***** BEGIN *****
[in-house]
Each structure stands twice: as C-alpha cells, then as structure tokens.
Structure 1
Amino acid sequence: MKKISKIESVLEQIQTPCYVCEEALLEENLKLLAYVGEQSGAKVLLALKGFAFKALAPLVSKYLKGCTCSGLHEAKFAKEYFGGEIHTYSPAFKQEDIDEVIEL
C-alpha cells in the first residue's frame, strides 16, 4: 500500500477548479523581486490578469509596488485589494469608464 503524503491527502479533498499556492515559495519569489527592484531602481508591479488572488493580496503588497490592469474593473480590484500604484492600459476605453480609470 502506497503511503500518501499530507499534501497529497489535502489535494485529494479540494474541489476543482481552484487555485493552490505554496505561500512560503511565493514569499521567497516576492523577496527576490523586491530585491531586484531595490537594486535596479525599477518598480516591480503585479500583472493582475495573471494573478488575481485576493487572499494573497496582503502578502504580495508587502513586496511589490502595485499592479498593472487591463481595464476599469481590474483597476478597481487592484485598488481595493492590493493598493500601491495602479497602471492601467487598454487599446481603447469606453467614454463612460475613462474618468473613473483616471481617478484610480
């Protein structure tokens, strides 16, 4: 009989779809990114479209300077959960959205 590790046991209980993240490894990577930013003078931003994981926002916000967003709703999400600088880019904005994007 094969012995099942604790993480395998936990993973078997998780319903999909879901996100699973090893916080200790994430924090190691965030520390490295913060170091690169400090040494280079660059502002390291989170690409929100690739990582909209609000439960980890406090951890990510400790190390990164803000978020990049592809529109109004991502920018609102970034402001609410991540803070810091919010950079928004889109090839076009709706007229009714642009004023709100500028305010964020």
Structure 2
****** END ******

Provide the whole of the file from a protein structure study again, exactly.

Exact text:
[in-house]
Each structure stands twice: as C-alpha cells, then as structure tokens.
Structure 1
Amino acid sequence: MKKISKIESVLEQIQTPCYVCEEALLEENLKLLAYVGEQSGAKVLLALKGFAFKALAPLVSKYLKGCTCSGLHEAKFAKEYFGGEIHTYSPAFKQEDIDEVIEL
C-alpha cells in the first residue's frame, strides 16, 4: 500500500477548479523581486490578469509596488485589494469608464 503524503491527502479533498499556492515559495519569489527592484531602481508591479488572488493580496503588497490592469474593473480590484500604484492600459476605453480609470 502506497503511503500518501499530507499534501497529497489535502489535494485529494479540494474541489476543482481552484487555485493552490505554496505561500512560503511565493514569499521567497516576492523577496527576490523586491530585491531586484531595490537594486535596479525599477518598480516591480503585479500583472493582475495573471494573478488575481485576493487572499494573497496582503502578502504580495508587502513586496511589490502595485499592479498593472487591463481595464476599469481590474483597476478597481487592484485598488481595493492590493493598493500601491495602479497602471492601467487598454487599446481603447469606453467614454463612460475613462474618468473613473483616471481617478484610480
């Protein structure tokens, strides 16, 4: 009989779809990114479209300077959960959205 590790046991209980993240490894990577930013003078931003994981926002916000967003709703999400600088880019904005994007 094969012995099942604790993480395998936990993973078997998780319903999909879901996100699973090893916080200790994430924090190691965030520390490295913060170091690169400090040494280079660059502002390291989170690409929100690739990582909209609000439960980890406090951890990510400790190390990164803000978020990049592809529109109004991502920018609102970034402001609410991540803070810091919010950079928004889109090839076009709706007229009714642009004023709100500028305010964020």
Structure 2